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BMW and MINI – Losing Coolant But No Leaks – Low Coolant

August 26, 2013

This answer is applicable for many BMWs in addition to the one listed below.

Q
car year: 1997
car model: 328i Convertible
I am losing coolant.  The car does not overheat and no check engine lights are on.  The car seems to run fine. Where would it be leaking coolant?  I don’t have a pressure tester to pressurize and test the system. What do you suggest ?

A
A loss of coolant does mean that there is a leak in the system …. someplace.  Common leakage issues could be due to an external leak (hoses, gaskets, radiator, etc.), leakage to the vehicle interior,  an internal leak that is leaking coolant into the engine oil, an internal leak that is leaking coolant into a cylinder, combustion chamber pressure leaking into the coolant, as well as a weak expansion tank cap that is venting at a lower pressure than it should.

*  External leakage - Typically, an external leak is easy to spot as it will produce a trail and puddles on the ground.  However, a small leak that only occurs when the system is hot and pressurized, can leak while driving yet not produce any puddles under the car.  In this case, a close inspection when the engine is fully hot and has been running for some time, may produce evidence of the leakage.  If actual wet coolant cannot be found, look for the tell-tale dry white stains from where the coolant may have leaked and dried up.

*  Internal leakage – into the oil – If coolant is leaking into the engine oil, the oil will have a milky tan or yellow color to it.  In this case stop running the engine immediately.  Perform a complete oil and filter change and run the engine.  If the milky oil returns, there is a coolant leak into the oil.  Do not run the engine any longer until the fault is cured.  This leakage could be a failed head gasket, failed timing cover gasket (some models), cracked cylinder head or engine block or a cracked engine oil cooler (on some models).

*  Internal leakage – into a cylinder (combustion chamber) - Coolant can enter the cylinder via a failed head gasket, cracked cylinder head or cracked engine block.  In these cases, it is typical that the exhaust emits a white vapor cloud and the engine may miss or run poorly. The most common would be a failed head gasket that is allowing coolant to enter the combustion chamber.  However, a crack in the cylinder head may be suspected if the engine has been heavily overheated.  In these cases, removal of the cylinder head is in order. If the head gasket does not show evidence of a coolant passage leaking into a cylinder, the cylinder head should be closely examined in the areas of each combustion chamber.  If no obvious cracks are found, the head should be pressure tested.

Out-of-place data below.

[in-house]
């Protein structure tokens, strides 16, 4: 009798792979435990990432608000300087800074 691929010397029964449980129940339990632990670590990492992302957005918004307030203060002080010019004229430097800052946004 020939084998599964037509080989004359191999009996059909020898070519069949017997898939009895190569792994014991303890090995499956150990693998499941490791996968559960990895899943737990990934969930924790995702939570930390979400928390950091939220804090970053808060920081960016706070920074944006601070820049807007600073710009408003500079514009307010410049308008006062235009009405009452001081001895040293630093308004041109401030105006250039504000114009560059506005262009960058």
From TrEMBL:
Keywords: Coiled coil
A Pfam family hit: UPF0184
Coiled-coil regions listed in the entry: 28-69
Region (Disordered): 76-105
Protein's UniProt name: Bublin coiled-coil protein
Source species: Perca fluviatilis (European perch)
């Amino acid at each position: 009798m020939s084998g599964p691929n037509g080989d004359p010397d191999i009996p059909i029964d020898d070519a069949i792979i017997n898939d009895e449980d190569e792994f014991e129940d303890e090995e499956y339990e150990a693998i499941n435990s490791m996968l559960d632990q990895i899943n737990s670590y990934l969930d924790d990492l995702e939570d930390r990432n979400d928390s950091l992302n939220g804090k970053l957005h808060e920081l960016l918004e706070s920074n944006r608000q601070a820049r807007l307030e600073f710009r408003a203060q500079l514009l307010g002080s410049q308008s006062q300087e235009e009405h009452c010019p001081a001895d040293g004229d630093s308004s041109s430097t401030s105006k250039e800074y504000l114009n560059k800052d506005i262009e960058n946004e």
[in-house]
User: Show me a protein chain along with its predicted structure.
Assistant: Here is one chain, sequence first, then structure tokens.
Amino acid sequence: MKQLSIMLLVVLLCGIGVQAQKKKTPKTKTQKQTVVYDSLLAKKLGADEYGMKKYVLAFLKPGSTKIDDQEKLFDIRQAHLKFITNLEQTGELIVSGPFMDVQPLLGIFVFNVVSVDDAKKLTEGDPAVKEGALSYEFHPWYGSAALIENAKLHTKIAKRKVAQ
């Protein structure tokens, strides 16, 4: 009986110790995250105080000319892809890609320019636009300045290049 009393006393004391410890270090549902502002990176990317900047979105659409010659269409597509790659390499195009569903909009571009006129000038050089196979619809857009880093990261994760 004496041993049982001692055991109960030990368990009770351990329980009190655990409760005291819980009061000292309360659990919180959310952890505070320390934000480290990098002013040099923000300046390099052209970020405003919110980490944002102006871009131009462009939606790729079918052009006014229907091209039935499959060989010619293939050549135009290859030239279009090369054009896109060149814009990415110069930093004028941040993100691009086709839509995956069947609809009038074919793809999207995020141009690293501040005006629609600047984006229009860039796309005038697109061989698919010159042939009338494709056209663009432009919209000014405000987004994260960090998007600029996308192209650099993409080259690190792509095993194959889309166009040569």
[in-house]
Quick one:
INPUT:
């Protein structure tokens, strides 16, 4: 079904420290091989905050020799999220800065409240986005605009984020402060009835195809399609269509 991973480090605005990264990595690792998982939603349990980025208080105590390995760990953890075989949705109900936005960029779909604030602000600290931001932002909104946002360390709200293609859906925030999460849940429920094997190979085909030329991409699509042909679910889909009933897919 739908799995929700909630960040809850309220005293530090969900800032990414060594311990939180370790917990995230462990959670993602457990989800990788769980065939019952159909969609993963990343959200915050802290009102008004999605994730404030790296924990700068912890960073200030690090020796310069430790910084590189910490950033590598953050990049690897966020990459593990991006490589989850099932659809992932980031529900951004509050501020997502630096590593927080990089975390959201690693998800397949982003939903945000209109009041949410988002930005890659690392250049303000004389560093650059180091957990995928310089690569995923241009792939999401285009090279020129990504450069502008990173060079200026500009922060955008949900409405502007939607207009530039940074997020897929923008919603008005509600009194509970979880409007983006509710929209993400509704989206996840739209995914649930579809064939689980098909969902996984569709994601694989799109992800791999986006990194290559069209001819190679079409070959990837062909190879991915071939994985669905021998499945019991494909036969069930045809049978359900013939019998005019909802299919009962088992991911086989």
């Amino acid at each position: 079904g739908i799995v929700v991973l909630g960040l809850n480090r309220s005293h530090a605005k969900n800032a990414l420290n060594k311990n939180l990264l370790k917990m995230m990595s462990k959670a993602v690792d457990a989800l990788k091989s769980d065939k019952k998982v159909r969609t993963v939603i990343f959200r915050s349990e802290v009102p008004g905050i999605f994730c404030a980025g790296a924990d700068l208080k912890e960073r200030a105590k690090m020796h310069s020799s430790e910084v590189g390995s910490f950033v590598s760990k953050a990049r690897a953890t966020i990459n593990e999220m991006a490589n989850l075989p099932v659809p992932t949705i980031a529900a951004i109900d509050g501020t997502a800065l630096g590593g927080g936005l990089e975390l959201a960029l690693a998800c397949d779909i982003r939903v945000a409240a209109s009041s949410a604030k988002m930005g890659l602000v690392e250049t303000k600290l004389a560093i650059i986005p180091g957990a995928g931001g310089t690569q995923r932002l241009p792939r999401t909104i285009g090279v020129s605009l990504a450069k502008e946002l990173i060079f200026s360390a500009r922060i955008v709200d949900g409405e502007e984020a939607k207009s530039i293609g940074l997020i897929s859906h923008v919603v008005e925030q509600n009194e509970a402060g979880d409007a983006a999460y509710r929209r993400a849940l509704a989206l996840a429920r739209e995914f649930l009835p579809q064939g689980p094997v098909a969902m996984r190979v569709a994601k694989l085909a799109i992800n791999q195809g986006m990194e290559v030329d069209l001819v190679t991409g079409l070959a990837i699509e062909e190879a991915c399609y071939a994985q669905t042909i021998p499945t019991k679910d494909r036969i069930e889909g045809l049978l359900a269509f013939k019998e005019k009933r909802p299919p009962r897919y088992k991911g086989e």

*  Leakage to the vehicle interior - The vehicle interior heating system uses the hot engine coolant to make the heat.  The coolant runs through a small radiator (called a heater core) that is typically in the forward area under the center of the dashboard.  A leak in the heater core or the piping connections to the core, will allow coolant to leak to the interior of the vehicle.  this may not be initially noticed as it will soak into the carpet and the underlying padding.  A typical clue to this would be a smell of hot coolant (like maple syrup) when the heat is turned on.  In this case, the heater core and the internal piping must be accessed and a determination must be made as to what is actually leaking and needs to be replaced.

*  Combustion chamber pressure entering the cooling system - This can happen when a head gasket starts to fail between a coolant passage and a cylinder.  Initially, the fault is so small that the cooling system pressure is not great enough to force coolant into the cylinder (so no white exhaust smoke and the engine appears to run fine … except for recurring overheating).  However, the great pressure in the combustion chamber when the piston is compressing the intake charge, can overcome the failed gasket and force combustion pressure and gasses into the cooling system.  This not only adds air to the cooling system, but also increases the cooling system pressure which pushes coolant out the expansion tank overflow (via the pressure relief valve in the cap).  This eventually causes a low coolant condition as well as air in the system that needs to be bled out.  A  good symptom to look for here is that the system needs constant bleeding as well as filling and  the expansion tank is still under pressure if the cap is removed after the system has fully cooled down (a few hours).  The cure is to replace the head gasket.

*  Weak expansion tank cap - If the pressure relief valve in the cap is venting at a lower pressure than it should, this can allow coolant to be expelled from the expansion tank overflow as the system heats up and the coolant expands.  This will then create a low coolant warning.  The cure in this situation is to replace the cap.

The Bentley repair manual for your given BMW or MINI will assist in diagnosing a cooling system leak as well as guiding the repairs.  Bavarian Autosport will have the Bentley manuals as well as any repair parts that may be needed, to include; radiator, hoses, gaskets, head gasket sets, coolant, expansion tanks and caps, etc.

Click HERE for BavAuto online store (radiators, hoses, gaskets, heater cores, etc.)

Click below for BMW & MINI coolant:

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